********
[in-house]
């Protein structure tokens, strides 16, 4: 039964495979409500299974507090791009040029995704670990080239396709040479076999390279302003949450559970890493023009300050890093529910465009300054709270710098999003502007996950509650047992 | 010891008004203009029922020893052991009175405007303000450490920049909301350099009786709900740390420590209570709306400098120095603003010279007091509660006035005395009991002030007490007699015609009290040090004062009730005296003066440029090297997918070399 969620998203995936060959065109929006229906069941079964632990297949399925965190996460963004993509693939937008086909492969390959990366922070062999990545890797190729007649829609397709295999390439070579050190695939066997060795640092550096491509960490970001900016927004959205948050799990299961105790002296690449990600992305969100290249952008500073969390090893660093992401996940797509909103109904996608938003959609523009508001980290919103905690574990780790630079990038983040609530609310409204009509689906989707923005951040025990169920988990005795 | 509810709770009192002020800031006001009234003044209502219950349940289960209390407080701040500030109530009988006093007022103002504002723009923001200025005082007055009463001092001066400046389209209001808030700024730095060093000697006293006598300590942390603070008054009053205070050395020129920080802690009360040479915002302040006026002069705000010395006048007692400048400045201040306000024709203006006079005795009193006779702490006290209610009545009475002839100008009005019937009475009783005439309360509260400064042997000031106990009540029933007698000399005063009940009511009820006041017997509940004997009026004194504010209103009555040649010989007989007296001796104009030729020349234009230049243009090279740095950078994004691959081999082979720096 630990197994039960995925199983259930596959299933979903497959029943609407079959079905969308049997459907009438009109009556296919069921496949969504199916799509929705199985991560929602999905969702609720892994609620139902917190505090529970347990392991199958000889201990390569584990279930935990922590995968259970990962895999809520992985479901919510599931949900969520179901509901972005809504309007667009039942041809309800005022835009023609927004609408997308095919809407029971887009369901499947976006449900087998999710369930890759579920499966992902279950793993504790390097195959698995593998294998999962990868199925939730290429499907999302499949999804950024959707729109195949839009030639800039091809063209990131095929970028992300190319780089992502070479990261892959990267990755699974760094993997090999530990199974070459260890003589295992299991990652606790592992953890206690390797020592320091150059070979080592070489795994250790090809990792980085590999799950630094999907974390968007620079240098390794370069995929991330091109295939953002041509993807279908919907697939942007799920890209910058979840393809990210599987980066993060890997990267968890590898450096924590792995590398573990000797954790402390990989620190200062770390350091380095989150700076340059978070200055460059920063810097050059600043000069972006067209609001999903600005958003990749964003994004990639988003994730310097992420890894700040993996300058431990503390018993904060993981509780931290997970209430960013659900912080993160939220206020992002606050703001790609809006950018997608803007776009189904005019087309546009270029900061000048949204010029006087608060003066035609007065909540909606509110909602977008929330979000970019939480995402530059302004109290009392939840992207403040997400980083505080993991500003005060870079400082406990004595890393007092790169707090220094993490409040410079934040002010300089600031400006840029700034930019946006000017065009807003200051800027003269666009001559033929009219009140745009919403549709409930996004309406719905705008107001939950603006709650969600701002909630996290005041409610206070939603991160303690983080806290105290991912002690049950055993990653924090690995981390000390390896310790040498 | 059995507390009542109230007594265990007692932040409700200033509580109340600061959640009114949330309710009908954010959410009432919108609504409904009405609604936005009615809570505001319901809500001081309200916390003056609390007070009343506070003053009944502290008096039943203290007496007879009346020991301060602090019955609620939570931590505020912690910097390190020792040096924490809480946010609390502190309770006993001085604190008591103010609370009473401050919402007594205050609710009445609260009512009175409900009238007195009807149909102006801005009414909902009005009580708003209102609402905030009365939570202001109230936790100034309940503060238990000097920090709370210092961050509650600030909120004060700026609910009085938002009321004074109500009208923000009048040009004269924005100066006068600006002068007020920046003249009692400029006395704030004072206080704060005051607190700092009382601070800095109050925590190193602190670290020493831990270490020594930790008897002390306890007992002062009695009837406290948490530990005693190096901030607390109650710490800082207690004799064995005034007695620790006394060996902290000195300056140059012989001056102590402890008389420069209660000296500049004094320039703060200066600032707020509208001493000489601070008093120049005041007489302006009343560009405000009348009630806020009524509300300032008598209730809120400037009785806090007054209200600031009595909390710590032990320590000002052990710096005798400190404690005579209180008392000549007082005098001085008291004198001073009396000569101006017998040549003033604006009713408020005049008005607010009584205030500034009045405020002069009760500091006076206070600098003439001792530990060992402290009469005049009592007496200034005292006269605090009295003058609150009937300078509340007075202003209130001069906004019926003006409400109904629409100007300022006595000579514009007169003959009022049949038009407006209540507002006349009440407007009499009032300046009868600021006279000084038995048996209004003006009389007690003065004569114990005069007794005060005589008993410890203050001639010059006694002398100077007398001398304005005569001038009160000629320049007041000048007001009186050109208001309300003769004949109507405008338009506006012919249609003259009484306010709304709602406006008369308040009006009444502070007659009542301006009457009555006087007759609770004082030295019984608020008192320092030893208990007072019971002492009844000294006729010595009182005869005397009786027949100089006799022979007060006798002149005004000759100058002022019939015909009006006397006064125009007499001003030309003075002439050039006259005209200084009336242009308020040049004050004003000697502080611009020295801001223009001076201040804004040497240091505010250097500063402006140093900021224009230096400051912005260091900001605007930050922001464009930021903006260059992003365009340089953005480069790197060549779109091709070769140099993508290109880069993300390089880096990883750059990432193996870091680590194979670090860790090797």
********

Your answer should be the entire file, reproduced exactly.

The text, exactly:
[in-house]
């Protein structure tokens, strides 16, 4: 039964495979409500299974507090791009040029995704670990080239396709040479076999390279302003949450559970890493023009300050890093529910465009300054709270710098999003502007996950509650047992 | 010891008004203009029922020893052991009175405007303000450490920049909301350099009786709900740390420590209570709306400098120095603003010279007091509660006035005395009991002030007490007699015609009290040090004062009730005296003066440029090297997918070399 969620998203995936060959065109929006229906069941079964632990297949399925965190996460963004993509693939937008086909492969390959990366922070062999990545890797190729007649829609397709295999390439070579050190695939066997060795640092550096491509960490970001900016927004959205948050799990299961105790002296690449990600992305969100290249952008500073969390090893660093992401996940797509909103109904996608938003959609523009508001980290919103905690574990780790630079990038983040609530609310409204009509689906989707923005951040025990169920988990005795 | 509810709770009192002020800031006001009234003044209502219950349940289960209390407080701040500030109530009988006093007022103002504002723009923001200025005082007055009463001092001066400046389209209001808030700024730095060093000697006293006598300590942390603070008054009053205070050395020129920080802690009360040479915002302040006026002069705000010395006048007692400048400045201040306000024709203006006079005795009193006779702490006290209610009545009475002839100008009005019937009475009783005439309360509260400064042997000031106990009540029933007698000399005063009940009511009820006041017997509940004997009026004194504010209103009555040649010989007989007296001796104009030729020349234009230049243009090279740095950078994004691959081999082979720096 630990197994039960995925199983259930596959299933979903497959029943609407079959079905969308049997459907009438009109009556296919069921496949969504199916799509929705199985991560929602999905969702609720892994609620139902917190505090529970347990392991199958000889201990390569584990279930935990922590995968259970990962895999809520992985479901919510599931949900969520179901509901972005809504309007667009039942041809309800005022835009023609927004609408997308095919809407029971887009369901499947976006449900087998999710369930890759579920499966992902279950793993504790390097195959698995593998294998999962990868199925939730290429499907999302499949999804950024959707729109195949839009030639800039091809063209990131095929970028992300190319780089992502070479990261892959990267990755699974760094993997090999530990199974070459260890003589295992299991990652606790592992953890206690390797020592320091150059070979080592070489795994250790090809990792980085590999799950630094999907974390968007620079240098390794370069995929991330091109295939953002041509993807279908919907697939942007799920890209910058979840393809990210599987980066993060890997990267968890590898450096924590792995590398573990000797954790402390990989620190200062770390350091380095989150700076340059978070200055460059920063810097050059600043000069972006067209609001999903600005958003990749964003994004990639988003994730310097992420890894700040993996300058431990503390018993904060993981509780931290997970209430960013659900912080993160939220206020992002606050703001790609809006950018997608803007776009189904005019087309546009270029900061000048949204010029006087608060003066035609007065909540909606509110909602977008929330979000970019939480995402530059302004109290009392939840992207403040997400980083505080993991500003005060870079400082406990004595890393007092790169707090220094993490409040410079934040002010300089600031400006840029700034930019946006000017065009807003200051800027003269666009001559033929009219009140745009919403549709409930996004309406719905705008107001939950603006709650969600701002909630996290005041409610206070939603991160303690983080806290105290991912002690049950055993990653924090690995981390000390390896310790040498 | 059995507390009542109230007594265990007692932040409700200033509580109340600061959640009114949330309710009908954010959410009432919108609504409904009405609604936005009615809570505001319901809500001081309200916390003056609390007070009343506070003053009944502290008096039943203290007496007879009346020991301060602090019955609620939570931590505020912690910097390190020792040096924490809480946010609390502190309770006993001085604190008591103010609370009473401050919402007594205050609710009445609260009512009175409900009238007195009807149909102006801005009414909902009005009580708003209102609402905030009365939570202001109230936790100034309940503060238990000097920090709370210092961050509650600030909120004060700026609910009085938002009321004074109500009208923000009048040009004269924005100066006068600006002068007020920046003249009692400029006395704030004072206080704060005051607190700092009382601070800095109050925590190193602190670290020493831990270490020594930790008897002390306890007992002062009695009837406290948490530990005693190096901030607390109650710490800082207690004799064995005034007695620790006394060996902290000195300056140059012989001056102590402890008389420069209660000296500049004094320039703060200066600032707020509208001493000489601070008093120049005041007489302006009343560009405000009348009630806020009524509300300032008598209730809120400037009785806090007054209200600031009595909390710590032990320590000002052990710096005798400190404690005579209180008392000549007082005098001085008291004198001073009396000569101006017998040549003033604006009713408020005049008005607010009584205030500034009045405020002069009760500091006076206070600098003439001792530990060992402290009469005049009592007496200034005292006269605090009295003058609150009937300078509340007075202003209130001069906004019926003006409400109904629409100007300022006595000579514009007169003959009022049949038009407006209540507002006349009440407007009499009032300046009868600021006279000084038995048996209004003006009389007690003065004569114990005069007794005060005589008993410890203050001639010059006694002398100077007398001398304005005569001038009160000629320049007041000048007001009186050109208001309300003769004949109507405008338009506006012919249609003259009484306010709304709602406006008369308040009006009444502070007659009542301006009457009555006087007759609770004082030295019984608020008192320092030893208990007072019971002492009844000294006729010595009182005869005397009786027949100089006799022979007060006798002149005004000759100058002022019939015909009006006397006064125009007499001003030309003075002439050039006259005209200084009336242009308020040049004050004003000697502080611009020295801001223009001076201040804004040497240091505010250097500063402006140093900021224009230096400051912005260091900001605007930050922001464009930021903006260059992003365009340089953005480069790197060549779109091709070769140099993508290109880069993300390089880096990883750059990432193996870091680590194979670090860790090797």